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Universal Credit was set up to make to the benefit claimant process more convenient and less complicated overall but in practice some difficulties have been noted. Recently, Jesse Norman, the Financial Secretary to the treasury was questioned on some of the difficulties tax credit claimants had experienced when moving to Universal Credit.
Mr Norman was questioned on this by Stephen Timms, the Chair of the Work and Pensions Committee, in late July and Last Friday the official response to the questions were published.
Within the questions, the issue of tax credit debt was raised.
Currently, some tax credit claimants are in debt with their benefit and when they transfer to Universal Credit, the debts are repaid through their new payments.
This can make it difficult for the claimant and as such, Mr Timms asked the following question: “Sir Ian Duncan Smith has recommended that, instead of it being clawed back through Universal Credit, HMRC should retain responsibility for tax credits debt. How feasible would it be for HMRC to take ownership and responsibility for reclaiming this debt?”
In answering this question, Mr Norman had the following to say: “A government decision was made by the previous Exchequer Secretary to the Treasury and the Secretary of State for Work and Pensions in 2012 that DWP will collect all tax credits debts from Universal Credit claimants.
“It was later agreed in 2014 that DWP take on accountability for any tax credits overpayments they collect from Universal Credit.
“The IT infrastructure was built based on the agreement made at that time and therefore there is currently no IT function in place to return any debt to HMRC. To change that would be at significant cost. The most efficient way to collect overpayments, and the least intrusive for customers, is to recover it from their ongoing awards.
“This is the default for recovery of any welfare debt across government. As tax credits awards end, the ability to collect through ongoing award for HMRC ends. If tax credits debt remained within HMRC, they will be left with the less efficient and more costly methods of direct recovery. More importantly, it would be a worse experience for the customer, contrary to the ethos of Universal Credit to have welfare payments managed in one place.”
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Mr Norman also disputed a question which asked why tax credit claimants were not routinely informed about their debt levels before moving to Universal Credit.
As he detailed: “It is not accurate to state that tax credits customers are not routinely informed of their debt position before moving them to Universal Credit.
“Once a tax credits recipient has an overpayment there are several occasions where they are notified about their situation and the action being taken to resolve the issue.
“This can be through the award notice they receive after notifying HMRC of a change of circumstances on their finalised award notice once the previous year’s information has been confirmed during the renewals process and, if there is ongoing tax credits entitlement, a current year award notice will confirm the overpayment and that cross-year recovery will take place.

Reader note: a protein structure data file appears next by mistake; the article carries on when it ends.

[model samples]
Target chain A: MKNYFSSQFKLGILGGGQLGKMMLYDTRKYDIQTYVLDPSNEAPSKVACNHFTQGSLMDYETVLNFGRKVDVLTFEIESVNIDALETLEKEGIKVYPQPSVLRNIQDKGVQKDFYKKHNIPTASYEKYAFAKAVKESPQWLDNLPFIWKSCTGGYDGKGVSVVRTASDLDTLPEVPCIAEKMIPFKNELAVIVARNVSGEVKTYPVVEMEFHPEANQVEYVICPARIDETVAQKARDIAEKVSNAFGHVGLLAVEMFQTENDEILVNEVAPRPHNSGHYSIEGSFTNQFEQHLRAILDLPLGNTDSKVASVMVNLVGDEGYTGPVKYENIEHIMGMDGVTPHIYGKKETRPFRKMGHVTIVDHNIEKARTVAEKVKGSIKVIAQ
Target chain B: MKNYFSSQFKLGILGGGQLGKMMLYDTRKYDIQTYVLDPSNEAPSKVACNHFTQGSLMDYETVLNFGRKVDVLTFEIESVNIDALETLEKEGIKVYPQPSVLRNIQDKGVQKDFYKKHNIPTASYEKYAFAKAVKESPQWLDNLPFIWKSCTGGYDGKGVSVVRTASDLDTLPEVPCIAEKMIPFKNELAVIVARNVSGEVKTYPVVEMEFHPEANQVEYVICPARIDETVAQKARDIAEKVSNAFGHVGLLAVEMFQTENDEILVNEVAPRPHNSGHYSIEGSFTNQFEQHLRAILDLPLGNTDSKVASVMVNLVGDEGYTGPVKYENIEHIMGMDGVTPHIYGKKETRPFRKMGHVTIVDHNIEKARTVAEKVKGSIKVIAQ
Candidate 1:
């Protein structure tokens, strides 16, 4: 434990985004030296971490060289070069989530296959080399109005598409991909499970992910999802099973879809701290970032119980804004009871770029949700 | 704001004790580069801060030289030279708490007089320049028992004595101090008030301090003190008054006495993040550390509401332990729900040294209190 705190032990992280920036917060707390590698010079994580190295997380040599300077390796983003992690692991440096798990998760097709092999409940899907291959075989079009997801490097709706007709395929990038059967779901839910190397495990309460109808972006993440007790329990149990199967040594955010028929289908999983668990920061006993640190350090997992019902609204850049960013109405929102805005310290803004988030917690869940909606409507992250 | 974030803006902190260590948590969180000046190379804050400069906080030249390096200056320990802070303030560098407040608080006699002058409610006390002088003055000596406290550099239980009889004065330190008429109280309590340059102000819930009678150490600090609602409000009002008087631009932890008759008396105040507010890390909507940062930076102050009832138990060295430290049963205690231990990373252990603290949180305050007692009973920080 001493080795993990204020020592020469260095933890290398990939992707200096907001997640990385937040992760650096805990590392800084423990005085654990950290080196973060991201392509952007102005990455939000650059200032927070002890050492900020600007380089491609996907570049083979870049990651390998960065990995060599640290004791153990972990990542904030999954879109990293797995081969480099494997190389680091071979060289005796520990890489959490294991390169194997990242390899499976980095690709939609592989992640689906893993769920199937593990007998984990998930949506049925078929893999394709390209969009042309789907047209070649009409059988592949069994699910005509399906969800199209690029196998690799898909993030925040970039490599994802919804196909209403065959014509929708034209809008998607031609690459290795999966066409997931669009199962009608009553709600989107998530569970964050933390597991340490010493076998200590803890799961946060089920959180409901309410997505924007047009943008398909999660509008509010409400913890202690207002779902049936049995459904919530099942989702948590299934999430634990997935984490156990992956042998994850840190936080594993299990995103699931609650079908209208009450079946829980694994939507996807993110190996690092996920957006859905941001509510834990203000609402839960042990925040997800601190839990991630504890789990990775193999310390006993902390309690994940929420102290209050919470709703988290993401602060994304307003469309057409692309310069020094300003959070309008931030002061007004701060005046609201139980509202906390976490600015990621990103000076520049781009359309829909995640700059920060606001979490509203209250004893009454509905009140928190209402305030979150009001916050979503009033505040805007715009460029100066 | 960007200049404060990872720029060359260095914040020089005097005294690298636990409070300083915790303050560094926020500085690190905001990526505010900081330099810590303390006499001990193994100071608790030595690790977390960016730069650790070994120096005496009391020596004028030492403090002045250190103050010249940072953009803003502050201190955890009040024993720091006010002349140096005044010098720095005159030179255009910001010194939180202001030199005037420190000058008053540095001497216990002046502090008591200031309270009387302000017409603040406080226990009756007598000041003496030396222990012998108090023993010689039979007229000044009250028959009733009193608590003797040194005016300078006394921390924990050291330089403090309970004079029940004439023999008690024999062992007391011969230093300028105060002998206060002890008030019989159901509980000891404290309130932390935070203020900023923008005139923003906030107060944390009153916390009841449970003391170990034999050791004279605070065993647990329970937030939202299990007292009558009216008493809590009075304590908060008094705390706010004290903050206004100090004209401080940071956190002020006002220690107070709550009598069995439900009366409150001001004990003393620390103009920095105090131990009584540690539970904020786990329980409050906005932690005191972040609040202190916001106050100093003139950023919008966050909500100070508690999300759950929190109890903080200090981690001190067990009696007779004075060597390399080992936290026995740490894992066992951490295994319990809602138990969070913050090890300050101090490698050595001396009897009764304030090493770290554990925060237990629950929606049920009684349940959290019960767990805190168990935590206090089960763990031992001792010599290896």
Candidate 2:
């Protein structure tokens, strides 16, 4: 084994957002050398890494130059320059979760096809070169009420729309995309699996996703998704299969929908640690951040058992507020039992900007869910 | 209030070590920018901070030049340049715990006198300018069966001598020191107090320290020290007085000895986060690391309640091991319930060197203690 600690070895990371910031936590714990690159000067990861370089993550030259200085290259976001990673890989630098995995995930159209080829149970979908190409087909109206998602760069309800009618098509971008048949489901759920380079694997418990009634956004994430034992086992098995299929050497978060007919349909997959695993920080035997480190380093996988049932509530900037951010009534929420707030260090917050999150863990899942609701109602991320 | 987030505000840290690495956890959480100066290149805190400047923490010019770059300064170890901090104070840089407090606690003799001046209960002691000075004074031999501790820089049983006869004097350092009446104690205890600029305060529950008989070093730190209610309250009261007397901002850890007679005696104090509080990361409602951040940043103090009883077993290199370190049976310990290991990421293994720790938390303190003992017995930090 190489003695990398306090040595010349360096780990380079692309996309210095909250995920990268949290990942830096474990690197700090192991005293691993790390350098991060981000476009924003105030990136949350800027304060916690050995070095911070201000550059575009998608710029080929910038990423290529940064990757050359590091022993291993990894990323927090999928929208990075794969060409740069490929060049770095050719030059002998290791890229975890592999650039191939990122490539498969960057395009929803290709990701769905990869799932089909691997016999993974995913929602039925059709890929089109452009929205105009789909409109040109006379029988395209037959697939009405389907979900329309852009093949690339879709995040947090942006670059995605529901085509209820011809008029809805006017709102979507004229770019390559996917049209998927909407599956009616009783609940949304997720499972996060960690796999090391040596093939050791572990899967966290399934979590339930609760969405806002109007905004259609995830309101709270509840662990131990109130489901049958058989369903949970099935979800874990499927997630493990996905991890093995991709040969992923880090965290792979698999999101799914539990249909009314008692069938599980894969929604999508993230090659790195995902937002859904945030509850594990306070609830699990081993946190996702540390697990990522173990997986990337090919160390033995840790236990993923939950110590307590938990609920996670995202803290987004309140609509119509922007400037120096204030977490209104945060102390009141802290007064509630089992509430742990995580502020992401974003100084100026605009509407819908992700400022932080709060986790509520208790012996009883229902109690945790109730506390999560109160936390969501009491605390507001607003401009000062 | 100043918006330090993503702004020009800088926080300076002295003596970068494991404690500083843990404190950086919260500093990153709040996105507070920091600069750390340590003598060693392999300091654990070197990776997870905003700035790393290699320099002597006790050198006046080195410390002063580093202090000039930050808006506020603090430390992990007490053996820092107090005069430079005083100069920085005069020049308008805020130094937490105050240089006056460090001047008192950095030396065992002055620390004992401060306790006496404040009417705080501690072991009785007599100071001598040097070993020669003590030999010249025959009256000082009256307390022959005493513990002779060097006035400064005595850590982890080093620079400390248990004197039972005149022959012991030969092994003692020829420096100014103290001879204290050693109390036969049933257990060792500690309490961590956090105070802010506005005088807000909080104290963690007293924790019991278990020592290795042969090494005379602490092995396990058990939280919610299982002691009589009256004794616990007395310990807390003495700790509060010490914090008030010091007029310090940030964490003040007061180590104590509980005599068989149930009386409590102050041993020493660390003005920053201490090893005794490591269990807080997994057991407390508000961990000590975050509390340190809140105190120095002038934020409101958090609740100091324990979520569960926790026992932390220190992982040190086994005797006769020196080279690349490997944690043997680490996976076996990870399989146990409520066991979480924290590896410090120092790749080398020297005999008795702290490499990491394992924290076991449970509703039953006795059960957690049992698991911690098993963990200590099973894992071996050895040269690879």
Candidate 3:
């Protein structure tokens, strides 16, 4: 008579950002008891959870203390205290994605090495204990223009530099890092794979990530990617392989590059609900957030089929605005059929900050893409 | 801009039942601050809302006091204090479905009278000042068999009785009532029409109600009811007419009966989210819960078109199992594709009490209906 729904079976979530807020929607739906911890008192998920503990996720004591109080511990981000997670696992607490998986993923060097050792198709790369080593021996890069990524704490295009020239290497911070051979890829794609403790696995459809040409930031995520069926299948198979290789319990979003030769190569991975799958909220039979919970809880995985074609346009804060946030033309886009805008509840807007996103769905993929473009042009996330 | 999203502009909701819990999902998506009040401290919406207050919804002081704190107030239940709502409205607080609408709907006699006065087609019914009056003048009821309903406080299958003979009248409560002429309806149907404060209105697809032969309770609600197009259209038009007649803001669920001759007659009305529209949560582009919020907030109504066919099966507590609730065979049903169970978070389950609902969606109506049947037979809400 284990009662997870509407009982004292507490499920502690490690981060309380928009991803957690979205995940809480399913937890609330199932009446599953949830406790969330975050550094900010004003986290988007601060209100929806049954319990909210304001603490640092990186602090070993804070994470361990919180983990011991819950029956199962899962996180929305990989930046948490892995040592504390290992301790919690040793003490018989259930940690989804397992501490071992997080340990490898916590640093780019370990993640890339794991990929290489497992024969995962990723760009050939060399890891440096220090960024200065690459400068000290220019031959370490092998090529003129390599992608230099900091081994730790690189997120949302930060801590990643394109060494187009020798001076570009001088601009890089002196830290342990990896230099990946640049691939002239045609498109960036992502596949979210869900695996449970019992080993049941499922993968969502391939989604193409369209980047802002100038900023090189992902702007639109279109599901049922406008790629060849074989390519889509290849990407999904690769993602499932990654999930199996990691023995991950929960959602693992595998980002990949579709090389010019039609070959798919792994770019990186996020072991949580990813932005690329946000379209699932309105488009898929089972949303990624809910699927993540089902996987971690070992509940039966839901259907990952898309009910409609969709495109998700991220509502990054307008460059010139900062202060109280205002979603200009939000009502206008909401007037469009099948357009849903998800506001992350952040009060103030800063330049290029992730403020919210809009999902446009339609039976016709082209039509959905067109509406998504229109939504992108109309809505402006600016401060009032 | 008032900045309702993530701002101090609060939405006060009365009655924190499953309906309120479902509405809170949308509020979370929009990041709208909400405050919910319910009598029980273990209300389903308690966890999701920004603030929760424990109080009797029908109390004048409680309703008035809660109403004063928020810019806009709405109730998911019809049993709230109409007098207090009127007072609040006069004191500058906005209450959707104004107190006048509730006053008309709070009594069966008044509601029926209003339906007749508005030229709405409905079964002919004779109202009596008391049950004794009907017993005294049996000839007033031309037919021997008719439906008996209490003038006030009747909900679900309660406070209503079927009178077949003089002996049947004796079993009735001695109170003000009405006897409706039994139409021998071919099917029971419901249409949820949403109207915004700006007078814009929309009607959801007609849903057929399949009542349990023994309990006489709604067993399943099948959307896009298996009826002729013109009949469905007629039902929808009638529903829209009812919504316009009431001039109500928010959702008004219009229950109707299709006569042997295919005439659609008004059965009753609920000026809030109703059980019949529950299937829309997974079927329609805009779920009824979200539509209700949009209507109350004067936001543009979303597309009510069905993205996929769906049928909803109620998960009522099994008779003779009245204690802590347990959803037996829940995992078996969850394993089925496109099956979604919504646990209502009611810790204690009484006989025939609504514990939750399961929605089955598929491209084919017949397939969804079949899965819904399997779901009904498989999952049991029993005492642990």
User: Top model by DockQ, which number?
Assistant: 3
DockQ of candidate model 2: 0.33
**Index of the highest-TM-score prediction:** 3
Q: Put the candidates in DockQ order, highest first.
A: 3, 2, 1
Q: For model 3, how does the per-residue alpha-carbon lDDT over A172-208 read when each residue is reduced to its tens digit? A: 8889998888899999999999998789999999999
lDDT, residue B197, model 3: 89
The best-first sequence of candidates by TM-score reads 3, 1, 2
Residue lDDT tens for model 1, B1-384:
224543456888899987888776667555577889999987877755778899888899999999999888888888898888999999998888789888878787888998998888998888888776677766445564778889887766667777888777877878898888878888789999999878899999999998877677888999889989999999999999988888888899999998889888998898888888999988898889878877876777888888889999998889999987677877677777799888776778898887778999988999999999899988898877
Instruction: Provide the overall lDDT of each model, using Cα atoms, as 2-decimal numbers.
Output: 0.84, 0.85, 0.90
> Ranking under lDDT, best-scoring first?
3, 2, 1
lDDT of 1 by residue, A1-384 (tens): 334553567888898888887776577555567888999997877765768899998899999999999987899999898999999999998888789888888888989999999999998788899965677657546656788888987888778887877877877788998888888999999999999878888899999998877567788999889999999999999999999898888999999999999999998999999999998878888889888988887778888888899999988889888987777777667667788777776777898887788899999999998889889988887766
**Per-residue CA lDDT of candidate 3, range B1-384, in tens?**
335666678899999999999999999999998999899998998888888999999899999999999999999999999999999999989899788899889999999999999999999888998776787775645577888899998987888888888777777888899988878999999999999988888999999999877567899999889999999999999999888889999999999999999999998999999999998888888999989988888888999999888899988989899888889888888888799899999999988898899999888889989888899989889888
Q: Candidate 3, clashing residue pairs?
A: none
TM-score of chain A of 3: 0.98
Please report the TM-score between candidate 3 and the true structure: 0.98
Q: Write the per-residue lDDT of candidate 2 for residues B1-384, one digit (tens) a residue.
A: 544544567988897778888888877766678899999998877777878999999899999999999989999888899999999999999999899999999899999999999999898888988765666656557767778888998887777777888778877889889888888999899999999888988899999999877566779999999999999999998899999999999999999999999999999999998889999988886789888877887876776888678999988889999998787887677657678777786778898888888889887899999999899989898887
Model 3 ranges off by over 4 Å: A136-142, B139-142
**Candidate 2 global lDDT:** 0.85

“This cycle happens year after year of an award and means that recipients can (and often do) receive multiple notifications of an overpayment (debt) which each set out the opportunity to challenge. “When someone claims Universal Credit, this will trigger HMRC receiving a Stop Notice and subsequently, the tax credits recipient will be sent a notice telling them about the crystallised debt before it is transferred to DWP (Universal Credit team).
“This notice essentially confirms the debt amount, and the fact that HMRC will send it to the Universal Credit team for collection. If a taxpayer comes out of tax credits before claiming Universal Credit, they will receive a further notification which confirms the debt amount and the means of recovery.
“Those who have had a break between claiming tax credits and Universal Credit will have also received a ‘Notice to Pay’ informing them of the debt position and the need to contact HMRC to arrange repayment. If they do not contact HMRC on receipt of this notice, they will receive regular correspondence reminding them of the need to pay.”
Under current plans, all legacy benefit claimants will have to move onto Universal Credit by 2024.
Universal Credit will eventually replace housing benefit, employment and support allowance, jobseeker’s allowance, income support and child and working tax credits.
Anyone who is claiming these benefits will not have to move to Universal Credit yet unless they’ve had a change of circumstances.
Additionally, in some cases the DWP will write to legacy benefit claimants and ask them to move across.
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